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For opioid-dependent moms: 'We want to help them break out of this cycle.'

An adult with painted fingernails holds a baby's feet
Alex Pasarelu

Jamie Morton is a former nurse and current postdoctoral research fellow at the University of Iowa.

She spoke about a study she led while earning her PhD at the University of Missouri that found people who use opioids around the time of their pregnancy experienced stigma that can impact their health care - and the health care received by their infants.

Missouri Health Talks gathers Missourians’ stories of access to healthcare in their own words.

Jamie Morton: Stigma itself is driven by stereotypes. We have this perception of threat and harm associated with drug use. Women who are having babies, there is this perception that they have morally deviated from what people consider the normal cultural expectations are.

My colleagues and I, we looked primarily at nurses - but anyone that could have intervened and had the opportunity to provide care for these women, if they encountered stigma from them, it shut it down. Because it just created - it was like a negative spiral. And so the way that these women reacted is that they tried to withdraw from the stigmatizing experience.

"The perception is that these women are - they're being bad mothers, they're not taking care of their child, when what the mothers are perceiving they're doing is that they're protecting them."
Jamie Morton

Now imagine, if you will, that these are coming from people that are providing your care. And so these women would give up the right to be active participants in the care decisions for their infant and became very submissive. And basically, they lost their voice. And they felt that if they expressed concern over the care of their infant or disagreed with something that the healthcare team was doing, that it would be taken out on their infants.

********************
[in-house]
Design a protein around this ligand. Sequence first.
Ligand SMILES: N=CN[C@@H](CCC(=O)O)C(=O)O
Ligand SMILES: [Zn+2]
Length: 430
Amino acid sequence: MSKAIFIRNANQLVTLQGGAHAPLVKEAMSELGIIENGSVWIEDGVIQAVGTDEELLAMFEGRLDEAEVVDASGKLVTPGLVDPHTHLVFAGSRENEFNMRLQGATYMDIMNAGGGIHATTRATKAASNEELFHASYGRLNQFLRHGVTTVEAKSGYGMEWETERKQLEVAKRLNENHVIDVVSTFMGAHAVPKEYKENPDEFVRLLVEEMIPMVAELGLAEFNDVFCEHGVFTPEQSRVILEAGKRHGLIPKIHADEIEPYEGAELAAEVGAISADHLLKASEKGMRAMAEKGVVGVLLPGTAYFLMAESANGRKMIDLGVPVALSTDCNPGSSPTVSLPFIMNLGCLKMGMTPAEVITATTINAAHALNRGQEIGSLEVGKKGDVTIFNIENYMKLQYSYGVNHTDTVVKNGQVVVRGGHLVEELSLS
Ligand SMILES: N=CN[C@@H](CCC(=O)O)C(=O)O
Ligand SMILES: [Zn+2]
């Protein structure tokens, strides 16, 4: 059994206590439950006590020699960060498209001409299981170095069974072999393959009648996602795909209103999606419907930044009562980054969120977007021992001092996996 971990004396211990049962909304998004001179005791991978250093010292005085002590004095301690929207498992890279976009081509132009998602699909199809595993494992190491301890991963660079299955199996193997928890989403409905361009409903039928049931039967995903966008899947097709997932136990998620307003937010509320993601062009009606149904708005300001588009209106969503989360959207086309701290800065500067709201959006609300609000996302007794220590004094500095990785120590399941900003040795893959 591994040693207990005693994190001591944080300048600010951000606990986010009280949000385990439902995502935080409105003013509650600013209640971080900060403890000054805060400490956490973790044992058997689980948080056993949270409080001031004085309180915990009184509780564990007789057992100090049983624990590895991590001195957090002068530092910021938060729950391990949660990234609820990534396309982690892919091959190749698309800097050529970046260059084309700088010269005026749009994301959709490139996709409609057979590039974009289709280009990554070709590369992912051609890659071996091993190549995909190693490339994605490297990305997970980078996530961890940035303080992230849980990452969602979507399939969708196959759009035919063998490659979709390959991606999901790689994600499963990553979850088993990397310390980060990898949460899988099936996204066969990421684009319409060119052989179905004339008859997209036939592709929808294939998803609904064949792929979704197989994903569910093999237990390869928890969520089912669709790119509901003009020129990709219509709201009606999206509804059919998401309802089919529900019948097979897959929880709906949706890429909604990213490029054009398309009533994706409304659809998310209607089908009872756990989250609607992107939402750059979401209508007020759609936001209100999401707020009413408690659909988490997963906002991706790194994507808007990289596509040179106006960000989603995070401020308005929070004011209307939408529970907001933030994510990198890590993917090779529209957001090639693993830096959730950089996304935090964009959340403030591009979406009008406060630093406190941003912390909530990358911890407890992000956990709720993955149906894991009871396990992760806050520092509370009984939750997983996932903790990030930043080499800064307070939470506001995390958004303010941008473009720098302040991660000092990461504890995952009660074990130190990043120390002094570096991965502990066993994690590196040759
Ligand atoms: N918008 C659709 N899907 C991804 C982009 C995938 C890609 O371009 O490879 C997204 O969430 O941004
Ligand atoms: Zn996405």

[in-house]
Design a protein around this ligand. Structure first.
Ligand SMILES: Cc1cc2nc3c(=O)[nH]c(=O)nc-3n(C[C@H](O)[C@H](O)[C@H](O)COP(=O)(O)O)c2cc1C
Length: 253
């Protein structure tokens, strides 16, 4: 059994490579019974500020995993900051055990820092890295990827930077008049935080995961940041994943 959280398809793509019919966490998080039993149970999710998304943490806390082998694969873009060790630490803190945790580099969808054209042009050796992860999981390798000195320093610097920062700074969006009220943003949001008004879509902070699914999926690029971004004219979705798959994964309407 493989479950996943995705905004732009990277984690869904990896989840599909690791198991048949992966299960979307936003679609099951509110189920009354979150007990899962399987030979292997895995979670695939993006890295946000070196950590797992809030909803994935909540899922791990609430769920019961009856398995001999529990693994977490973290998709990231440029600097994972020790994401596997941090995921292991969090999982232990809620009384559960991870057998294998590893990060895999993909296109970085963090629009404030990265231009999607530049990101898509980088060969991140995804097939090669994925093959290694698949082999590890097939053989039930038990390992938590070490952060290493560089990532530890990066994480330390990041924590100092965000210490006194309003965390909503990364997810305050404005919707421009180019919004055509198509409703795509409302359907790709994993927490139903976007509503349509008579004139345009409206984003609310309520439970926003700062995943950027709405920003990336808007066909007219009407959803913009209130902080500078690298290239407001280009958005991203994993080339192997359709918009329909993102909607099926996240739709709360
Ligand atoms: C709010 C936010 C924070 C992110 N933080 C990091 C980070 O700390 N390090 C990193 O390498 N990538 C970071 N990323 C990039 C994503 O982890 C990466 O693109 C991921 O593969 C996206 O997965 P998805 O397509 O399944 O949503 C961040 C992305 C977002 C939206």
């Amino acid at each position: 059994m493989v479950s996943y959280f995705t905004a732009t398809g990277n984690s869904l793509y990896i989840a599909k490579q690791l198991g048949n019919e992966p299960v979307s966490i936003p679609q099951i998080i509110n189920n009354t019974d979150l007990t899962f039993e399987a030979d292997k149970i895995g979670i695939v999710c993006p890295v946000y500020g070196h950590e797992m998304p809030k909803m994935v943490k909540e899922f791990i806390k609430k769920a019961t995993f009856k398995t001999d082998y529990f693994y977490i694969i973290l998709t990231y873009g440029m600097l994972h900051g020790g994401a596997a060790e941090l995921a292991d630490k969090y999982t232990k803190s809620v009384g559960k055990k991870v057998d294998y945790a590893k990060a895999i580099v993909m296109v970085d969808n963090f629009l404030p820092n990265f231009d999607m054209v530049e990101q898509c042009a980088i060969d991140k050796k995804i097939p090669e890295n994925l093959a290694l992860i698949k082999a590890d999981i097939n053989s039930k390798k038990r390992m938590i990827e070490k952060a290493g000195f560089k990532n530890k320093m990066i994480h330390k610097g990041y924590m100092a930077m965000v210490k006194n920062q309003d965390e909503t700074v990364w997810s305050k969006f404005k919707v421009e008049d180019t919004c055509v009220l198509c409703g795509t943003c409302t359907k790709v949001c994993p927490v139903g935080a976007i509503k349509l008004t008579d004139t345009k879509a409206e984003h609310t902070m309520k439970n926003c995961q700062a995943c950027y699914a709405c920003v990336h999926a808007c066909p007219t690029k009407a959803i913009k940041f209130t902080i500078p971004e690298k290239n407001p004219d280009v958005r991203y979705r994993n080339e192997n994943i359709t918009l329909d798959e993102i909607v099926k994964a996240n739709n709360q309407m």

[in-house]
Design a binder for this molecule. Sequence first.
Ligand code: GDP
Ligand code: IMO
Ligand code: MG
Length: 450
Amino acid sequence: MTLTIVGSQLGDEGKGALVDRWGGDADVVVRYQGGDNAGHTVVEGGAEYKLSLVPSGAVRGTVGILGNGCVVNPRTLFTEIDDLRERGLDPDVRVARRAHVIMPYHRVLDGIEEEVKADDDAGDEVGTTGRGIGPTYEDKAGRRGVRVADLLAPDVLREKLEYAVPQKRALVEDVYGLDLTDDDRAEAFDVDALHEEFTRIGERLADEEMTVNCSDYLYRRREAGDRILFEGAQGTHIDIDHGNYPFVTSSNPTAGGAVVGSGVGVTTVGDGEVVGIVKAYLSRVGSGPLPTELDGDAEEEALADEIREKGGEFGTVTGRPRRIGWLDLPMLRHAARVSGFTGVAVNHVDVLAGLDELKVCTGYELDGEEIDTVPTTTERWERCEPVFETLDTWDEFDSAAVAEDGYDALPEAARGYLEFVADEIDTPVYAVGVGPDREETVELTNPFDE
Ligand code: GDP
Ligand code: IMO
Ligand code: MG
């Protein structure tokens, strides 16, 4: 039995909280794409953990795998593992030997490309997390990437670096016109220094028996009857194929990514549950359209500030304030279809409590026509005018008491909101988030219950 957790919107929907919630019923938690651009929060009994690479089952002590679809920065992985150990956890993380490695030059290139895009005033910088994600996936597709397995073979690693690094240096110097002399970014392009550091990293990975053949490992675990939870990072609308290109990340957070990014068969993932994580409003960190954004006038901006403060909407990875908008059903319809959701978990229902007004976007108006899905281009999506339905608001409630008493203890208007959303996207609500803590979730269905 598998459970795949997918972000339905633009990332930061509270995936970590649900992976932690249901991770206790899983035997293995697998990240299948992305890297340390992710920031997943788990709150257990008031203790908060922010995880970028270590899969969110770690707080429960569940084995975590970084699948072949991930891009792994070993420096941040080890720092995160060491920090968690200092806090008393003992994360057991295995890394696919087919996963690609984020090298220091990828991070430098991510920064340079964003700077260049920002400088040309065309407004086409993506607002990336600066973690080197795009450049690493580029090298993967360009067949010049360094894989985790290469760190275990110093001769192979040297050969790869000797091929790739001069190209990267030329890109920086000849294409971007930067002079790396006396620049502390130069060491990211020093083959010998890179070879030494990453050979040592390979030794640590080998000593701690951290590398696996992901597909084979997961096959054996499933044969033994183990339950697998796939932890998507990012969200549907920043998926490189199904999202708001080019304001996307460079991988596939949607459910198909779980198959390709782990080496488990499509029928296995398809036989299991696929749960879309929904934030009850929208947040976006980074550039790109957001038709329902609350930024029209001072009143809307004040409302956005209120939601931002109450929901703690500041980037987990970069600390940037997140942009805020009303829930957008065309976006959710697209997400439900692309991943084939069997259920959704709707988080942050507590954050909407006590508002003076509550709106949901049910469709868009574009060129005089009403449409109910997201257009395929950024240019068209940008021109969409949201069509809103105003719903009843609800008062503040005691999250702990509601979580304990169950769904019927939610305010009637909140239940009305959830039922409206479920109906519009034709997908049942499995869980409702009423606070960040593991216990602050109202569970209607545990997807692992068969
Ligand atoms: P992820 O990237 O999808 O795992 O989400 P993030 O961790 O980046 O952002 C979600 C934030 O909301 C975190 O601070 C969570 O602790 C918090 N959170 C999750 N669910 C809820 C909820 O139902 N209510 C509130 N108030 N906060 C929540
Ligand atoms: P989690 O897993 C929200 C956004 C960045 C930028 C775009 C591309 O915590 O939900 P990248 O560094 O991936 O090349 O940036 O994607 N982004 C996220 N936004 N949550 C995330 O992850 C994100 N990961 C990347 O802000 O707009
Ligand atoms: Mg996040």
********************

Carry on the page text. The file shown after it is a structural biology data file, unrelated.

If they continue to encounter the stigmatizing behaviors - perhaps they were treated differently going to the pediatrician's office - many times the members of these healthcare teams don't even realize that we're doing it. But nonetheless, this mother is trying to protect the child from this potential dehumanizing experience from being made to feel different. And so they don't bring them into the follow-ups because they're trying to keep their child from experiencing the stigma that they themselves have experienced. And the perception is that these women are - they're being bad mothers, they're not taking care of their child, when what the mothers are perceiving they're doing is that they're protecting them.

And as a nurse, as a health care provider, myself, I was very interested in what can we do to maybe reduce the potential for stigma being enacted. Looking specifically in the healthcare arena - education. You know, whether it's training modules, perhaps incorporating knowledge about stigma and its repercussions and self awareness of the different types of stigma into the curriculums when they're going through school.

At the personal level, the experiences that these women have kind of accumulated over time, and what happens is they develop this sense of internalized guilt and shame, and so they self stigmatize. And in that regard, there are interventions that can be done with them - cognitive behavioral therapy, motivational interviewing - things that kind of help with bolstering their self-esteem and helping them understand that they're not bad people because they wound up dealing with substance use disorder.

Anna Spidel is a health reporter for the KBIA Health & Wealth desk. A proud Michigander, Anna hails from Dexter, Michigan and received her Bachelor of Arts in Journalism from Michigan State University in 2022. Previously, she worked with member station Michigan Radio as an assistant producer on Stateside.